Deadlines. Hit or Miss?
Updated: Jul 20, 2018
Let’s face it deadlines are stressful. However over time I have not only come to appreciate them, but in fact rely on them.
If I could only give one piece of advice to an aspiring letterer, or any freelance artist really, it would be this:
The number one required skill to make it in this industry is the ability to hit your deadline.
This ultimately will be the determining factor of what jobs you will get and more importantly keep, how well you will work with others as well as your overall contentment working in the field. Before trying to prove your artistic abilities, work on one even more sustainable, your dependability.
This field is fast paced and more often than not projects run hot, meaning they are due immediately, if not already past due. No one wants to work with others who will not provide what was promised or even worse contribute their own roadblocks, detours, or bad mojo to the process. Goal number one is get the book to print! You may not be the greatest at what you do, yet, but being known as a reliable go-to-person already puts you light years ahead of even some of the best in the field. What good is a crazy talented artist if they can’t get the work done? We are making comics people, not building the Sagrada Família.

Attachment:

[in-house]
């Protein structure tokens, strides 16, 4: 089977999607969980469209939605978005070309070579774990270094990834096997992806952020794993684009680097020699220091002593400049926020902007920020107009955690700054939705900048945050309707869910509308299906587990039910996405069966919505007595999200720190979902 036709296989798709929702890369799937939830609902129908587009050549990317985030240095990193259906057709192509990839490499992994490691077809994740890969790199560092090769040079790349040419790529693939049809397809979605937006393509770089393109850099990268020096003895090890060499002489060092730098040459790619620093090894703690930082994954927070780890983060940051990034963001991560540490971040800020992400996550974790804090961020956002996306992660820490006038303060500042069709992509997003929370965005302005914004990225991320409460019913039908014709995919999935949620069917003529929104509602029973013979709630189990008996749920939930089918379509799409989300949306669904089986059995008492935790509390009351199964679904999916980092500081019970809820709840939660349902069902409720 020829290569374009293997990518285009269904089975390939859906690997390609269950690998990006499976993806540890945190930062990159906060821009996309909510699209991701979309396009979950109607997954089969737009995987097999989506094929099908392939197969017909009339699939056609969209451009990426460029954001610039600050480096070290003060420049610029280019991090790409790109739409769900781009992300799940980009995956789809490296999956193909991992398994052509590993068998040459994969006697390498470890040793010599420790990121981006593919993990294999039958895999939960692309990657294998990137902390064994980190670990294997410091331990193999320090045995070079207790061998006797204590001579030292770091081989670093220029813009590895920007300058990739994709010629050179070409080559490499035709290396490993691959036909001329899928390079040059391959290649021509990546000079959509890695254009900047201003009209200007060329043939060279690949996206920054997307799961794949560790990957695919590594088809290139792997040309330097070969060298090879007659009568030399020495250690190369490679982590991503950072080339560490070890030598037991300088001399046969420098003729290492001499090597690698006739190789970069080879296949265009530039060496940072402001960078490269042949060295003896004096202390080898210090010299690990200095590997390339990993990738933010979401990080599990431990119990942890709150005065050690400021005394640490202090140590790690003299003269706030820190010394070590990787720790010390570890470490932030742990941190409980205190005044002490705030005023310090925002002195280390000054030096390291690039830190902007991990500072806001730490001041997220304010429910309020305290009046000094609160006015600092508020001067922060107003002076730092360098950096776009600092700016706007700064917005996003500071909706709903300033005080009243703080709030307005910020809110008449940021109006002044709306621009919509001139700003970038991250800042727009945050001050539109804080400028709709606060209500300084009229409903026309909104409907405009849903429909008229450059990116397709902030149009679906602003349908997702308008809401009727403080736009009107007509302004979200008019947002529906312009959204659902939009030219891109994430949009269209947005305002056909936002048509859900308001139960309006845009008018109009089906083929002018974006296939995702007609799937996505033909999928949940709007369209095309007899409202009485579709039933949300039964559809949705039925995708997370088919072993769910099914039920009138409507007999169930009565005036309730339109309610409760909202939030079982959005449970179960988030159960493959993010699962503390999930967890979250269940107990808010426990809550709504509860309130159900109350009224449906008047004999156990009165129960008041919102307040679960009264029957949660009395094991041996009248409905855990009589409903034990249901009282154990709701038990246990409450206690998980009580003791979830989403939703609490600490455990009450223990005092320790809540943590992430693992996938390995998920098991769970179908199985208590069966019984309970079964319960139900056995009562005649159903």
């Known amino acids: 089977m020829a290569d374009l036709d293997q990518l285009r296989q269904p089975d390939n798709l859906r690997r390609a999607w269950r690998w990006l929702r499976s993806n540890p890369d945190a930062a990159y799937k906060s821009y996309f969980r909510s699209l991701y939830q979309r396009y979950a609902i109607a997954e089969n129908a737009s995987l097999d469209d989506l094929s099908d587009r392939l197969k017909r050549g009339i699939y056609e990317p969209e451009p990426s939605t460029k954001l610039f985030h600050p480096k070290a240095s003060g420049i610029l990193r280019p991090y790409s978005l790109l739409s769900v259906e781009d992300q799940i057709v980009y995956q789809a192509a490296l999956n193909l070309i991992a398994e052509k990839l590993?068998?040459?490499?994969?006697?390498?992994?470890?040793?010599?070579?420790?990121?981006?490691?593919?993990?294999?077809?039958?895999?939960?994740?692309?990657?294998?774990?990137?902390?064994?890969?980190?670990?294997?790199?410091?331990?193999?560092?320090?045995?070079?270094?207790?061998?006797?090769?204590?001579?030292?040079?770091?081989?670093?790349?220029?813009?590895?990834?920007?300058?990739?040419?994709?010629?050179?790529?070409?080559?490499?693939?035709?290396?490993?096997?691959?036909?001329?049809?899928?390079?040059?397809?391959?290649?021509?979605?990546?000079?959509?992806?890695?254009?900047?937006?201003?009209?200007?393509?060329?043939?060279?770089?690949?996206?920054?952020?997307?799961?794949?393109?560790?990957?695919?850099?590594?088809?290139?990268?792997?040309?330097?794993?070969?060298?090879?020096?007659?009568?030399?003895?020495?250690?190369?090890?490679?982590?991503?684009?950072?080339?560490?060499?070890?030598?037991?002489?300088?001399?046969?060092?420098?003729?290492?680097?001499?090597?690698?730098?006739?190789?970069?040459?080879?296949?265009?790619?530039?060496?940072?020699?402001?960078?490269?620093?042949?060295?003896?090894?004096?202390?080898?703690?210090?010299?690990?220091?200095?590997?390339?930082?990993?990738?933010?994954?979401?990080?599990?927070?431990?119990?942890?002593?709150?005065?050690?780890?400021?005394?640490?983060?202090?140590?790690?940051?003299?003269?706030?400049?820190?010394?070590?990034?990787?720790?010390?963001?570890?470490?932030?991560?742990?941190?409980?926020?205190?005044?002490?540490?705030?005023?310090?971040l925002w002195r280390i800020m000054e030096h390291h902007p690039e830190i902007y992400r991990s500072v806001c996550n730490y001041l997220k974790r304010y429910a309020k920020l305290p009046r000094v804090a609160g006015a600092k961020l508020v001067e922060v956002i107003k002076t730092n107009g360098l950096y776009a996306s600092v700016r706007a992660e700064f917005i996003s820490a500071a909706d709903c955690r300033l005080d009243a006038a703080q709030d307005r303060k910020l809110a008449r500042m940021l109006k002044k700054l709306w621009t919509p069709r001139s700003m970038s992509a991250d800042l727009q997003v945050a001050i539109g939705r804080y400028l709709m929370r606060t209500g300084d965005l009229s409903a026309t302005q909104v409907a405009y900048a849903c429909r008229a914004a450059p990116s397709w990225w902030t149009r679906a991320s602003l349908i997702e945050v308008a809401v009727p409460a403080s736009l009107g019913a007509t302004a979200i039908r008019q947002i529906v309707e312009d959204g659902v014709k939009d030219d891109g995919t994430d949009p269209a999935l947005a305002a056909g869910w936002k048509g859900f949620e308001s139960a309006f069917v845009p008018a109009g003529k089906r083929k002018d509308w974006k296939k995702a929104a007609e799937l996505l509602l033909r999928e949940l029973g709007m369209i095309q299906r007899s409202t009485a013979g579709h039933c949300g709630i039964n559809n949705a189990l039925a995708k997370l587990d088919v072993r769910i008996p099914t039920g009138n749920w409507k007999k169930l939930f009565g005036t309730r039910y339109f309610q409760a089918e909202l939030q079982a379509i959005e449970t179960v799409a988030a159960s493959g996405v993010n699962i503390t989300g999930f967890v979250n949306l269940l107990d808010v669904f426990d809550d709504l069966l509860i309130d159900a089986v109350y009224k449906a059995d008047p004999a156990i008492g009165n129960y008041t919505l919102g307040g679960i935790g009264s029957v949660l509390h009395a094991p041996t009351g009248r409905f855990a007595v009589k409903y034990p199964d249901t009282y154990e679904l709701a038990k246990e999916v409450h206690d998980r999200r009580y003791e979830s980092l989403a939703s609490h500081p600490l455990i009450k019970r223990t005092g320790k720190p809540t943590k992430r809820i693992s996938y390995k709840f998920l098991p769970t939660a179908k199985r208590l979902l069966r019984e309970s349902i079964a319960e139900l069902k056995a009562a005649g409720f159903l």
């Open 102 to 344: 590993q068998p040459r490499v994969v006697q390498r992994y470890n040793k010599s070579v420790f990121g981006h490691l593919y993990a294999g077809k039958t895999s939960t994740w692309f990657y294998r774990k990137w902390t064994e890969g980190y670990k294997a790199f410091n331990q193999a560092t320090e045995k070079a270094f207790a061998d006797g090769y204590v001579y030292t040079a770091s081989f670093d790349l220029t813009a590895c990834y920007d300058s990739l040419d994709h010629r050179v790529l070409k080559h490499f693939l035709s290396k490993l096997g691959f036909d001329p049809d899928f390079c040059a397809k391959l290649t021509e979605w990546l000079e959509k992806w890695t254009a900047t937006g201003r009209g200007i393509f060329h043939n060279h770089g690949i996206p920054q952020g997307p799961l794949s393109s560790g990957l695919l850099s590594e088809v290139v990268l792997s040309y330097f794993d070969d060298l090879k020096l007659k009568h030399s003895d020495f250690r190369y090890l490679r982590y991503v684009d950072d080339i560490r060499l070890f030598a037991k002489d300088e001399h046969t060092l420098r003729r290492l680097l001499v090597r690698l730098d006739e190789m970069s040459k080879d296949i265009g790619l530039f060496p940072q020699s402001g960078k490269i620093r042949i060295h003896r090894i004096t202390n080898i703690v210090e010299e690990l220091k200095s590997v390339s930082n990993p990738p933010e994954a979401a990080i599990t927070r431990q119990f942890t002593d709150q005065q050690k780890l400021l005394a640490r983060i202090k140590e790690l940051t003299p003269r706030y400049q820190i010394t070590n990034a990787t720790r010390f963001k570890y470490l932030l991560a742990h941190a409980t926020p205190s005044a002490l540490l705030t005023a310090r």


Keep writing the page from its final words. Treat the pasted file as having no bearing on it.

Be aware that the further down the creative chain you exist, the shorter your deadlines will tend to be. Writer and artist get first dibs on time. Whatever is left gets handed to the colorist and letterer. You can wish for beautiful amounts of time to complete an issue. My dream is to get pages as they come in and just keep a slow and steady pace. In reality though, it is more likely I get all script and art at once with a deadline in a few days. Even more realistic, is a deadline of tomorrow, as the colorist and maybe even the artist are frantically working to finish the art pages.